Security posturing is a bonus, but the real issue for financial services organisations and their supply chain is achieving a single view of a customer across all service offerings. “Organisations will need to ensure they know where personal data is being processed in their supply chain, and that those providing services on their behalf will be able to identify breaches quickly and report them,” warns Stephen Bailey, executive principal consultant at NCC Group.
This may be easier said than done in some parts of that supply chain. Take the call centre, for example, which is more often than not an outsourced operation. Ensuring that data handled here is stored properly and made available to legitimate customers upon request sounds like a straightforward requirement. Yet Andrew Lilley, director of sales and engineering, for Europe, the Middle East and Africa, at fraud detection company Pindrop, says: “Call centres are often neglected in protecting against data breaches and so it’s fraught with risk.”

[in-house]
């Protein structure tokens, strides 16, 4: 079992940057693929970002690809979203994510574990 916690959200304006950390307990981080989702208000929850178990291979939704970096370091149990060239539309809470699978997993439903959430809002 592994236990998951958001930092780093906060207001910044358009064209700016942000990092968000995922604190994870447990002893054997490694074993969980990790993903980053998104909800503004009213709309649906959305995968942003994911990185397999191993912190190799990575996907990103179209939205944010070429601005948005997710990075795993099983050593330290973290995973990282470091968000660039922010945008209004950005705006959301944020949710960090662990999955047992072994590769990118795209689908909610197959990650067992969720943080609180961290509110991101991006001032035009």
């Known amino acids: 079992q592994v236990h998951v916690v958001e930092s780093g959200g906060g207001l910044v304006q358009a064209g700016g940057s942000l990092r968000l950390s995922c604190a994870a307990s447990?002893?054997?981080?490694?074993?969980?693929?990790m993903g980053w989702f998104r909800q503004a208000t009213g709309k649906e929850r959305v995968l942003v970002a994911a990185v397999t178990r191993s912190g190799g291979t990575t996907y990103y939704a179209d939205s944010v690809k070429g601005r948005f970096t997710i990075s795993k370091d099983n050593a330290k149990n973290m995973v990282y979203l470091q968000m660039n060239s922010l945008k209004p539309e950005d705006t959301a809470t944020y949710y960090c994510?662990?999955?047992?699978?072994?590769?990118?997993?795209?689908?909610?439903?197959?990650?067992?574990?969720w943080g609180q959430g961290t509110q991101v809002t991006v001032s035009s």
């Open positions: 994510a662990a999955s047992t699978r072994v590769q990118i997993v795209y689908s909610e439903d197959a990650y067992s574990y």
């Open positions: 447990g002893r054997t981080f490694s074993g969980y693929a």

He has a very good point because in the GDPR world view, data protection must be incorporated into the core of all business procedures, products and services across all channels. Not only that, Mr Lilley concludes, but “all employees will have to be aware of their obligation to protect consumer data across channels including the phone”.
So, the principles behind GDPR are not easy to argue with as everyone wants, or wants to be seen as caring about, data privacy in this age of increasingly more data-aware consumers.
Once buffered up next to the inarguable complexity of the financial services ecosystem, the practical implementation becomes a mountainous challenge that isn’t going to be easy to climb.
All employees will have to be aware of their obligation to protect consumer data across channels including the phone